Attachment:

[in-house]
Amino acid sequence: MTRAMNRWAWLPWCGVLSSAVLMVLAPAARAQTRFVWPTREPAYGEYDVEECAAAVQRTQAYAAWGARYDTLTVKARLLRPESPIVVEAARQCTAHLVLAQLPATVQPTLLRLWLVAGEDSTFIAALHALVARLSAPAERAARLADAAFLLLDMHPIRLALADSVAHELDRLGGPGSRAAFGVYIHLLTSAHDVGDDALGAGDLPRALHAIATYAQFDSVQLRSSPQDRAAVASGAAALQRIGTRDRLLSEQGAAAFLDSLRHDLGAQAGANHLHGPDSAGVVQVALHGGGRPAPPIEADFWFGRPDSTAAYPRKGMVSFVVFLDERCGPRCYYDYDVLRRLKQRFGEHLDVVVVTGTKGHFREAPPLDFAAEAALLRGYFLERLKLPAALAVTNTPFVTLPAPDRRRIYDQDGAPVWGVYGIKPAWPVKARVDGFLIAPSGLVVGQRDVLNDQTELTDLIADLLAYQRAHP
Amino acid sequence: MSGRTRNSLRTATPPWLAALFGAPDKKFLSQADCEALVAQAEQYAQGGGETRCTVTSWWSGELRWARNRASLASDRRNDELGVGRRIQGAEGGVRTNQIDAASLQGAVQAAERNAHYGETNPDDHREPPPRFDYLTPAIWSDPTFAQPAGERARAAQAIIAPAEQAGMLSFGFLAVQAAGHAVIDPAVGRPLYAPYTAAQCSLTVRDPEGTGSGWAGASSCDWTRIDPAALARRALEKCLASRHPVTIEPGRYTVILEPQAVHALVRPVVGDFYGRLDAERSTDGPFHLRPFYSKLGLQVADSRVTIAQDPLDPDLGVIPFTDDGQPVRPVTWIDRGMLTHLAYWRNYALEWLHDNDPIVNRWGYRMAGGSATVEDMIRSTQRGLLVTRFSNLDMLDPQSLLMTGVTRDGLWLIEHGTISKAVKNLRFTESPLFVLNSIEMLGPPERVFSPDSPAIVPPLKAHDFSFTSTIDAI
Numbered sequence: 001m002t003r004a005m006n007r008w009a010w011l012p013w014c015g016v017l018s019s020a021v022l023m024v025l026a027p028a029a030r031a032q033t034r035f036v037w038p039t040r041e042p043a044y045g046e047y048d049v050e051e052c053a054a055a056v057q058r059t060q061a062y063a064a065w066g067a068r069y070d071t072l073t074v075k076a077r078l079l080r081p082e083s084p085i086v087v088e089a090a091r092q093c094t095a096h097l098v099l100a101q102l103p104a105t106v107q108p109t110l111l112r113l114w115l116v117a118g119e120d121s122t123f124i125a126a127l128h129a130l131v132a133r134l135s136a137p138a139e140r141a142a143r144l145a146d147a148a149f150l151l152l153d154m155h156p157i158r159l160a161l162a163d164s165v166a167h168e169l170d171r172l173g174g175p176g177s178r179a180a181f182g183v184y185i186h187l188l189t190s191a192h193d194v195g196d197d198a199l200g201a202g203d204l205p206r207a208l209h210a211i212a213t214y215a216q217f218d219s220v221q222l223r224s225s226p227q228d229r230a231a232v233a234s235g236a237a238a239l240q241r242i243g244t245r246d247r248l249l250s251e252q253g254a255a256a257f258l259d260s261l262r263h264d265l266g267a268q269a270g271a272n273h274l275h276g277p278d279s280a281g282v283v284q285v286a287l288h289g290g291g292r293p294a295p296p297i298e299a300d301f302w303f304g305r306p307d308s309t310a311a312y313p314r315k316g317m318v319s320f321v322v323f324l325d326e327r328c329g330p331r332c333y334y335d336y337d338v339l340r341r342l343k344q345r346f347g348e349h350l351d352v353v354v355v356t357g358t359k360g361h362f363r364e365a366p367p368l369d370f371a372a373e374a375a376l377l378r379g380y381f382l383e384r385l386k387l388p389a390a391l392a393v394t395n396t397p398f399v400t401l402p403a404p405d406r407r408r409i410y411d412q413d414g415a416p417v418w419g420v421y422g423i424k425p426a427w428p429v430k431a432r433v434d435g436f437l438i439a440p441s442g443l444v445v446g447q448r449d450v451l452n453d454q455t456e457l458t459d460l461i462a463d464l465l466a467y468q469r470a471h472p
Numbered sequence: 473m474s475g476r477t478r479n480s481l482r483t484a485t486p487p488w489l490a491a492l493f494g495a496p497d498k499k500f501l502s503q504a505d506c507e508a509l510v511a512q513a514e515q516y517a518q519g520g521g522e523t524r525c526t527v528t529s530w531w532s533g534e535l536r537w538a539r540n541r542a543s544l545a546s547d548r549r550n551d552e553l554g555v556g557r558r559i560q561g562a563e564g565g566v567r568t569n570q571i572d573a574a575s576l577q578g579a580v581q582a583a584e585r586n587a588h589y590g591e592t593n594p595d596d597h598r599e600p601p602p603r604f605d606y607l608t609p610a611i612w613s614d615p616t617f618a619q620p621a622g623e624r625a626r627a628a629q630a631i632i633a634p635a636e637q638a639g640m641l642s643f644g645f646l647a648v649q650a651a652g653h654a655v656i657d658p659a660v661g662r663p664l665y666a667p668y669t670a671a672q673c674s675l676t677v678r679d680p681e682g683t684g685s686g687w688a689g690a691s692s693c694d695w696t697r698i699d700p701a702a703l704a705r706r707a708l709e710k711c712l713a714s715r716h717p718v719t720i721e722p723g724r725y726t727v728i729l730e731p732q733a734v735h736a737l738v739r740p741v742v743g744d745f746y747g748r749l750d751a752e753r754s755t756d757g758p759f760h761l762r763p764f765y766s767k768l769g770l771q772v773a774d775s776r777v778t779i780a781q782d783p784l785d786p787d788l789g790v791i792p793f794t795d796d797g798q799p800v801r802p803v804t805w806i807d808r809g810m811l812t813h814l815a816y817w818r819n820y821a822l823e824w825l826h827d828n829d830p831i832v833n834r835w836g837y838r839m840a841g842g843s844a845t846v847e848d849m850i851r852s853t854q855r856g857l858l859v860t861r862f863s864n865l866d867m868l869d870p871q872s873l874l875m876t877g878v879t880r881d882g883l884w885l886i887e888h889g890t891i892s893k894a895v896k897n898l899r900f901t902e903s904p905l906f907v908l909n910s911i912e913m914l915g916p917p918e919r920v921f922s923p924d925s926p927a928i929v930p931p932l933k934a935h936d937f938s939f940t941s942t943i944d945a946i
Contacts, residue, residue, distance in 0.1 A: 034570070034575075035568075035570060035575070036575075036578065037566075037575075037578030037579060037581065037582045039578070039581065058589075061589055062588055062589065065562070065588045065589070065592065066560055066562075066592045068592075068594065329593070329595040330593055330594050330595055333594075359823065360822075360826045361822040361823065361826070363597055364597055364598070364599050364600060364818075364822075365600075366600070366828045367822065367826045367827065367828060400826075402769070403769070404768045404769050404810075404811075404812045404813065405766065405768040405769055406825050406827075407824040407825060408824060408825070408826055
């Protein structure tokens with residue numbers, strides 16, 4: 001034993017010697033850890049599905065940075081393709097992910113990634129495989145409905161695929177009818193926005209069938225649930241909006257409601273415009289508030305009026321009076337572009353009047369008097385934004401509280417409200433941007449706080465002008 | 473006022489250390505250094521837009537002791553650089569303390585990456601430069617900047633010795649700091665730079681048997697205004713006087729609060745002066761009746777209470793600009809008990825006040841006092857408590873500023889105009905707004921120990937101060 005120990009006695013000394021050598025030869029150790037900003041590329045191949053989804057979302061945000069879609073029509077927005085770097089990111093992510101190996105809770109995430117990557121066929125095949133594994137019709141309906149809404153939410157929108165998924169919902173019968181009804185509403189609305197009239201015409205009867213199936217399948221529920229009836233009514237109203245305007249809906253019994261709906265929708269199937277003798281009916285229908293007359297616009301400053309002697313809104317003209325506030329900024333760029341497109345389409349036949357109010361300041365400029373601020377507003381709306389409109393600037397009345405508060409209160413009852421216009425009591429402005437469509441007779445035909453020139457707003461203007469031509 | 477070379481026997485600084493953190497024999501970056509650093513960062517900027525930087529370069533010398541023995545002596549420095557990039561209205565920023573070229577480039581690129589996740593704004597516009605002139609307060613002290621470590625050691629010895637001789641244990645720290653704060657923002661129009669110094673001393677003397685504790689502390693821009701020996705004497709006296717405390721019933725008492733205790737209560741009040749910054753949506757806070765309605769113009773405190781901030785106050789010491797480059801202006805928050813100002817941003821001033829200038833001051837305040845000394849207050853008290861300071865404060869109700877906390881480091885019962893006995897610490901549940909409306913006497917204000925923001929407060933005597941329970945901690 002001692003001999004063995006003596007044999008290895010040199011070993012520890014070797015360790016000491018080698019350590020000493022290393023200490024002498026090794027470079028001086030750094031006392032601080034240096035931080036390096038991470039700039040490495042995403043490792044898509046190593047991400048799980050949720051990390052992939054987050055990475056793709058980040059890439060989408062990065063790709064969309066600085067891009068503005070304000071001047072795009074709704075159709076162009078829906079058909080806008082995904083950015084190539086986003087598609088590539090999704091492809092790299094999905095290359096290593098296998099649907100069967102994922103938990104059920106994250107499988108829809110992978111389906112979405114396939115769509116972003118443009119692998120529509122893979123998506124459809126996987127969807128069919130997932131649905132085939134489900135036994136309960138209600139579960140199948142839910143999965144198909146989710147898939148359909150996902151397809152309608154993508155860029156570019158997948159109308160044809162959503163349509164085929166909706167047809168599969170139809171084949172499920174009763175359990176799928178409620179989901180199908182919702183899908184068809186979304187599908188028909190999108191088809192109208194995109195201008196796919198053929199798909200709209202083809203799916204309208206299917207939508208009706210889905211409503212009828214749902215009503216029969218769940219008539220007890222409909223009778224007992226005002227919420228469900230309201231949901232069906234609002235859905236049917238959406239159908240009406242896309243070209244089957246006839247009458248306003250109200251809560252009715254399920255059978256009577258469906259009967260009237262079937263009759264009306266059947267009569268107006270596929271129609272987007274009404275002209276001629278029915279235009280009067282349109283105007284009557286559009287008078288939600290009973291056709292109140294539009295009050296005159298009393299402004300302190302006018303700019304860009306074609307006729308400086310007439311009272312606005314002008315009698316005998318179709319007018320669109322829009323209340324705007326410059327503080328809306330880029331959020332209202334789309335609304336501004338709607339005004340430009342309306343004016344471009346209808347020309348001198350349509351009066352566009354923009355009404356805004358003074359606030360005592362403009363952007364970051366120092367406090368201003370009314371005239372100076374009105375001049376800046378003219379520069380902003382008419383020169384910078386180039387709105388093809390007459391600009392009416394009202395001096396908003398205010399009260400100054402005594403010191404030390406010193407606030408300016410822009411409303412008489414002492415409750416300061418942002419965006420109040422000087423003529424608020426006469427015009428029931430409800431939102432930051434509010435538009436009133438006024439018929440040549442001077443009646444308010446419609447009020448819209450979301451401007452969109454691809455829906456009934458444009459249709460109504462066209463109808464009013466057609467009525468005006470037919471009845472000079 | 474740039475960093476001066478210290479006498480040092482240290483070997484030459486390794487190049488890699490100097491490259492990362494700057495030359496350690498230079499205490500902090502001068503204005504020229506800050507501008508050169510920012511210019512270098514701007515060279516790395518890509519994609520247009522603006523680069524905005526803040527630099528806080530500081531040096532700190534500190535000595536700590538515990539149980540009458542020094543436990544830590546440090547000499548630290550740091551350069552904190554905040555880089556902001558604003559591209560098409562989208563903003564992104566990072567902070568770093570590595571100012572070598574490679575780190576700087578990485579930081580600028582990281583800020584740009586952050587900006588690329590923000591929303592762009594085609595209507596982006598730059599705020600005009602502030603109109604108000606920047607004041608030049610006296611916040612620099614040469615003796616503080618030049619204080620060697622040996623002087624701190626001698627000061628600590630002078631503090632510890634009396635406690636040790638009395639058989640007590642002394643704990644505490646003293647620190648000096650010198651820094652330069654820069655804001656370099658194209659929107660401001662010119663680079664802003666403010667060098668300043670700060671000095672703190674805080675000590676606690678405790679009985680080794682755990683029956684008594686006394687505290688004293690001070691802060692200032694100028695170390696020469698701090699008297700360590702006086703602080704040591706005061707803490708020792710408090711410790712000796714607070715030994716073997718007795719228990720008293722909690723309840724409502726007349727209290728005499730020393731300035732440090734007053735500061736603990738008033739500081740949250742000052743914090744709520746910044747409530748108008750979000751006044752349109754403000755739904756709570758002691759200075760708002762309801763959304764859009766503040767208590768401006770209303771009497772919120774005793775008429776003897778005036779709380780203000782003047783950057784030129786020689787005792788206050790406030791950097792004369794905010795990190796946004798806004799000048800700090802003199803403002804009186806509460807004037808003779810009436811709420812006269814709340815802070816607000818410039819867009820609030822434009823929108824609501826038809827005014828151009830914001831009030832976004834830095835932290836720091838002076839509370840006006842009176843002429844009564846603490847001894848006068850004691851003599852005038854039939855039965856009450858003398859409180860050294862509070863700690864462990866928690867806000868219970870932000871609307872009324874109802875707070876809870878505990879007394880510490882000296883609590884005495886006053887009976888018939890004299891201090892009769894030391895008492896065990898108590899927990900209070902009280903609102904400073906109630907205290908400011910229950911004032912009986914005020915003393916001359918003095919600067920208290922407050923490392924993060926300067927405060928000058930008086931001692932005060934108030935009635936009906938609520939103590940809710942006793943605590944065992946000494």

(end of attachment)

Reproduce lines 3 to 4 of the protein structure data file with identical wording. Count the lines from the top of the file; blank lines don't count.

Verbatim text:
Amino acid sequence: MSGRTRNSLRTATPPWLAALFGAPDKKFLSQADCEALVAQAEQYAQGGGETRCTVTSWWSGELRWARNRASLASDRRNDELGVGRRIQGAEGGVRTNQIDAASLQGAVQAAERNAHYGETNPDDHREPPPRFDYLTPAIWSDPTFAQPAGERARAAQAIIAPAEQAGMLSFGFLAVQAAGHAVIDPAVGRPLYAPYTAAQCSLTVRDPEGTGSGWAGASSCDWTRIDPAALARRALEKCLASRHPVTIEPGRYTVILEPQAVHALVRPVVGDFYGRLDAERSTDGPFHLRPFYSKLGLQVADSRVTIAQDPLDPDLGVIPFTDDGQPVRPVTWIDRGMLTHLAYWRNYALEWLHDNDPIVNRWGYRMAGGSATVEDMIRSTQRGLLVTRFSNLDMLDPQSLLMTGVTRDGLWLIEHGTISKAVKNLRFTESPLFVLNSIEMLGPPERVFSPDSPAIVPPLKAHDFSFTSTIDAI
Numbered sequence: 001m002t003r004a005m006n007r008w009a010w011l012p013w014c015g016v017l018s019s020a021v022l023m024v025l026a027p028a029a030r031a032q033t034r035f036v037w038p039t040r041e042p043a044y045g046e047y048d049v050e051e052c053a054a055a056v057q058r059t060q061a062y063a064a065w066g067a068r069y070d071t072l073t074v075k076a077r078l079l080r081p082e083s084p085i086v087v088e089a090a091r092q093c094t095a096h097l098v099l100a101q102l103p104a105t106v107q108p109t110l111l112r113l114w115l116v117a118g119e120d121s122t123f124i125a126a127l128h129a130l131v132a133r134l135s136a137p138a139e140r141a142a143r144l145a146d147a148a149f150l151l152l153d154m155h156p157i158r159l160a161l162a163d164s165v166a167h168e169l170d171r172l173g174g175p176g177s178r179a180a181f182g183v184y185i186h187l188l189t190s191a192h193d194v195g196d197d198a199l200g201a202g203d204l205p206r207a208l209h210a211i212a213t214y215a216q217f218d219s220v221q222l223r224s225s226p227q228d229r230a231a232v233a234s235g236a237a238a239l240q241r242i243g244t245r246d247r248l249l250s251e252q253g254a255a256a257f258l259d260s261l262r263h264d265l266g267a268q269a270g271a272n273h274l275h276g277p278d279s280a281g282v283v284q285v286a287l288h289g290g291g292r293p294a295p296p297i298e299a300d301f302w303f304g305r306p307d308s309t310a311a312y313p314r315k316g317m318v319s320f321v322v323f324l325d326e327r328c329g330p331r332c333y334y335d336y337d338v339l340r341r342l343k344q345r346f347g348e349h350l351d352v353v354v355v356t357g358t359k360g361h362f363r364e365a366p367p368l369d370f371a372a373e374a375a376l377l378r379g380y381f382l383e384r385l386k387l388p389a390a391l392a393v394t395n396t397p398f399v400t401l402p403a404p405d406r407r408r409i410y411d412q413d414g415a416p417v418w419g420v421y422g423i424k425p426a427w428p429v430k431a432r433v434d435g436f437l438i439a440p441s442g443l444v445v446g447q448r449d450v451l452n453d454q455t456e457l458t459d460l461i462a463d464l465l466a467y468q469r470a471h472p